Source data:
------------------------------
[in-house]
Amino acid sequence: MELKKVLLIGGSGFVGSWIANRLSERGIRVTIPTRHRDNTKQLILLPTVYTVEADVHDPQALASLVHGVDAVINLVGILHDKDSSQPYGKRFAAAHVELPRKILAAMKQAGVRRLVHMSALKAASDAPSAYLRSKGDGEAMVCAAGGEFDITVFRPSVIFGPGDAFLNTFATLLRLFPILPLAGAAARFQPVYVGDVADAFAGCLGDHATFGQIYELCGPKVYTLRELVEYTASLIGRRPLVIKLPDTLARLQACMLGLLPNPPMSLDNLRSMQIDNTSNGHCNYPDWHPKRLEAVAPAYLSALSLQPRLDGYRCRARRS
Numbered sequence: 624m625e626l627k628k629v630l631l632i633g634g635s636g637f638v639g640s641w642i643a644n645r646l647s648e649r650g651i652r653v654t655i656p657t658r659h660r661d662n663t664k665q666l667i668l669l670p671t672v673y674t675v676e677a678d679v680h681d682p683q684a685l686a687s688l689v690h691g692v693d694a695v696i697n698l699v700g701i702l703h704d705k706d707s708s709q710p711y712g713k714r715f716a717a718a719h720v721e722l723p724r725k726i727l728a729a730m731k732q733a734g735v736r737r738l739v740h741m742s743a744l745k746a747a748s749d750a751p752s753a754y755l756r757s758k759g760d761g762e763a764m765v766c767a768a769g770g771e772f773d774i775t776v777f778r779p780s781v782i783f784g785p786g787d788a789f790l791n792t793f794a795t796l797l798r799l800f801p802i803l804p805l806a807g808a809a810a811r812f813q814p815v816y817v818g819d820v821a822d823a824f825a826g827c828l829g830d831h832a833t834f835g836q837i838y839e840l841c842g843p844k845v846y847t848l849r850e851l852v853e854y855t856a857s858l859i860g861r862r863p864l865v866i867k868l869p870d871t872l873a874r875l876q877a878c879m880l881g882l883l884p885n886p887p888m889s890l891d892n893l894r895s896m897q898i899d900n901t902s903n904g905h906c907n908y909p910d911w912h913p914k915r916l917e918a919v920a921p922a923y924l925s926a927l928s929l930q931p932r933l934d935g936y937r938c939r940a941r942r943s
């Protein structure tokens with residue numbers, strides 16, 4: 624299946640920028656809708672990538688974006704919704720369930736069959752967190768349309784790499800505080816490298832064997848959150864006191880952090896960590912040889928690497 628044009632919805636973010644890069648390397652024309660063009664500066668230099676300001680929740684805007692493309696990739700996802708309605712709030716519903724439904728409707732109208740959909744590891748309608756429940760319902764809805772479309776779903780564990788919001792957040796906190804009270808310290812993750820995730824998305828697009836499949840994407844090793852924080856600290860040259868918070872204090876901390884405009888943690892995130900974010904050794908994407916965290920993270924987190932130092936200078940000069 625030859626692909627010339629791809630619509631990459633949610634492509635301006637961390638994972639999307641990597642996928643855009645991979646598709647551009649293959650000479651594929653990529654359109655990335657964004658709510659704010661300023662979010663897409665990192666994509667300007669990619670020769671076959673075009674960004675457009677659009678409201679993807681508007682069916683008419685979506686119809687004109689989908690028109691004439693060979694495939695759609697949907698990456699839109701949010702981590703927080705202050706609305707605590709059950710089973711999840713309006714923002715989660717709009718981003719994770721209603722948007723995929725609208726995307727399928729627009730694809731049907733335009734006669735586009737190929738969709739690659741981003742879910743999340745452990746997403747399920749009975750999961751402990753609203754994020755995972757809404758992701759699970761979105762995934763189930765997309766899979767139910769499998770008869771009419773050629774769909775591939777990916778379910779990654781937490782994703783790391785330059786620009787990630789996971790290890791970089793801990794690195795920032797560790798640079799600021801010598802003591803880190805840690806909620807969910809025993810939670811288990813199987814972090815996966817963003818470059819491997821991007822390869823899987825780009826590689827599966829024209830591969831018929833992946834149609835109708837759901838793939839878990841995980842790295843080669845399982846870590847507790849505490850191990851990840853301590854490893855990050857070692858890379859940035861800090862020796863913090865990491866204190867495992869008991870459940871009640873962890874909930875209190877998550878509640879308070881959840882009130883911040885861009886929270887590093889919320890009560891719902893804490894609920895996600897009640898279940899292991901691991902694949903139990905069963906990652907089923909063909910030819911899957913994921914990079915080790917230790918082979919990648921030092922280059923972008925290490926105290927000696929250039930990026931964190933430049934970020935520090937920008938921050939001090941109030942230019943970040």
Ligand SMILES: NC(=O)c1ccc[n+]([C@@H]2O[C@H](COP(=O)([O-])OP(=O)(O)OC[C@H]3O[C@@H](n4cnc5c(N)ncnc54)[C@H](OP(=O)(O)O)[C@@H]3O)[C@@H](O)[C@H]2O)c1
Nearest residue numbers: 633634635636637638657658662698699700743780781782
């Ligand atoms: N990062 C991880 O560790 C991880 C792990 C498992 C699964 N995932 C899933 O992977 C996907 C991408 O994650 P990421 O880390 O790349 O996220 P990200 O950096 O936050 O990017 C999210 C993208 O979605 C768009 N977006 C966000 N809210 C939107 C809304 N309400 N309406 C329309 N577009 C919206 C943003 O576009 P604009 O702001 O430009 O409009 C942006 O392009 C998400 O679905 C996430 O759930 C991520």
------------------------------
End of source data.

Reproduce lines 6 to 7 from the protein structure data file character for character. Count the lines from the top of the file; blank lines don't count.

Nearest residue numbers: 633634635636637638657658662698699700743780781782
């Ligand atoms: N990062 C991880 O560790 C991880 C792990 C498992 C699964 N995932 C899933 O992977 C996907 C991408 O994650 P990421 O880390 O790349 O996220 P990200 O950096 O936050 O990017 C999210 C993208 O979605 C768009 N977006 C966000 N809210 C939107 C809304 N309400 N309406 C329309 N577009 C919206 C943003 O576009 P604009 O702001 O430009 O409009 C942006 O392009 C998400 O679905 C996430 O759930 C991520």